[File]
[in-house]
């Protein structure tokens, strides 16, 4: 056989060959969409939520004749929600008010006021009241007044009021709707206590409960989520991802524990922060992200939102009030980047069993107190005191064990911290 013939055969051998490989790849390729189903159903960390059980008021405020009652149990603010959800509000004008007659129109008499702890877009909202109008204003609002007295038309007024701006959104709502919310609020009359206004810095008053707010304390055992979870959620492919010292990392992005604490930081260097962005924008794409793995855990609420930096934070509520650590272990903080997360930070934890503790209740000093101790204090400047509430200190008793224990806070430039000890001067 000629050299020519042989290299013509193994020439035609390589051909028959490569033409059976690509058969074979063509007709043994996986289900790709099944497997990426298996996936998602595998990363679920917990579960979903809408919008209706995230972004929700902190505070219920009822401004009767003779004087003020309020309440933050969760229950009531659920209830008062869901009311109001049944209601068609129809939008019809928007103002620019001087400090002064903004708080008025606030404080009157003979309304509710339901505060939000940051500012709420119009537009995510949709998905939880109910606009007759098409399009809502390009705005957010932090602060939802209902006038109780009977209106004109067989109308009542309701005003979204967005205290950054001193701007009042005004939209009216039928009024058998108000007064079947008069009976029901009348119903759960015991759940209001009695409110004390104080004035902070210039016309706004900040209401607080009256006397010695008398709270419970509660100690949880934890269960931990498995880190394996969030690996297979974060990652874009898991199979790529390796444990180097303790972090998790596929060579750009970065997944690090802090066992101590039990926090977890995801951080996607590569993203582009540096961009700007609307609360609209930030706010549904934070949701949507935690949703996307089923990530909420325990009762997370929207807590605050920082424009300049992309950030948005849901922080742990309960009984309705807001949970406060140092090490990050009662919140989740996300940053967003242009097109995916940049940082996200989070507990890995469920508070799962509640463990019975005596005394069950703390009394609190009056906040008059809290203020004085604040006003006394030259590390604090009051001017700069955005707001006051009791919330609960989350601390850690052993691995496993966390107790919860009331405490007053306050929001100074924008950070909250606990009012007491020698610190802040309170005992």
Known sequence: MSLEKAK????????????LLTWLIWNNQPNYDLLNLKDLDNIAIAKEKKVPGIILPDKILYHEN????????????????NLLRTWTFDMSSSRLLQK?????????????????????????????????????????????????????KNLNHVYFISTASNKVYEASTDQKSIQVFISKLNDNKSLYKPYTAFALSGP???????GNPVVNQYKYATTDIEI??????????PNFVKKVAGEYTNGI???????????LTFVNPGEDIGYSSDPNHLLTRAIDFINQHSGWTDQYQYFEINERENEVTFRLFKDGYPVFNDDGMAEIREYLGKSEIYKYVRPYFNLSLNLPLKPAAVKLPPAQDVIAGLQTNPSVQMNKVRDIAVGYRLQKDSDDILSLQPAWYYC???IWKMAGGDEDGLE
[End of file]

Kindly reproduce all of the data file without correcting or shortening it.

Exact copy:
[in-house]
């Protein structure tokens, strides 16, 4: 056989060959969409939520004749929600008010006021009241007044009021709707206590409960989520991802524990922060992200939102009030980047069993107190005191064990911290 013939055969051998490989790849390729189903159903960390059980008021405020009652149990603010959800509000004008007659129109008499702890877009909202109008204003609002007295038309007024701006959104709502919310609020009359206004810095008053707010304390055992979870959620492919010292990392992005604490930081260097962005924008794409793995855990609420930096934070509520650590272990903080997360930070934890503790209740000093101790204090400047509430200190008793224990806070430039000890001067 000629050299020519042989290299013509193994020439035609390589051909028959490569033409059976690509058969074979063509007709043994996986289900790709099944497997990426298996996936998602595998990363679920917990579960979903809408919008209706995230972004929700902190505070219920009822401004009767003779004087003020309020309440933050969760229950009531659920209830008062869901009311109001049944209601068609129809939008019809928007103002620019001087400090002064903004708080008025606030404080009157003979309304509710339901505060939000940051500012709420119009537009995510949709998905939880109910606009007759098409399009809502390009705005957010932090602060939802209902006038109780009977209106004109067989109308009542309701005003979204967005205290950054001193701007009042005004939209009216039928009024058998108000007064079947008069009976029901009348119903759960015991759940209001009695409110004390104080004035902070210039016309706004900040209401607080009256006397010695008398709270419970509660100690949880934890269960931990498995880190394996969030690996297979974060990652874009898991199979790529390796444990180097303790972090998790596929060579750009970065997944690090802090066992101590039990926090977890995801951080996607590569993203582009540096961009700007609307609360609209930030706010549904934070949701949507935690949703996307089923990530909420325990009762997370929207807590605050920082424009300049992309950030948005849901922080742990309960009984309705807001949970406060140092090490990050009662919140989740996300940053967003242009097109995916940049940082996200989070507990890995469920508070799962509640463990019975005596005394069950703390009394609190009056906040008059809290203020004085604040006003006394030259590390604090009051001017700069955005707001006051009791919330609960989350601390850690052993691995496993966390107790919860009331405490007053306050929001100074924008950070909250606990009012007491020698610190802040309170005992």
Known sequence: MSLEKAK????????????LLTWLIWNNQPNYDLLNLKDLDNIAIAKEKKVPGIILPDKILYHEN????????????????NLLRTWTFDMSSSRLLQK?????????????????????????????????????????????????????KNLNHVYFISTASNKVYEASTDQKSIQVFISKLNDNKSLYKPYTAFALSGP???????GNPVVNQYKYATTDIEI??????????PNFVKKVAGEYTNGI???????????LTFVNPGEDIGYSSDPNHLLTRAIDFINQHSGWTDQYQYFEINERENEVTFRLFKDGYPVFNDDGMAEIREYLGKSEIYKYVRPYFNLSLNLPLKPAAVKLPPAQDVIAGLQTNPSVQMNKVRDIAVGYRLQKDSDDILSLQPAWYYC???IWKMAGGDEDGLE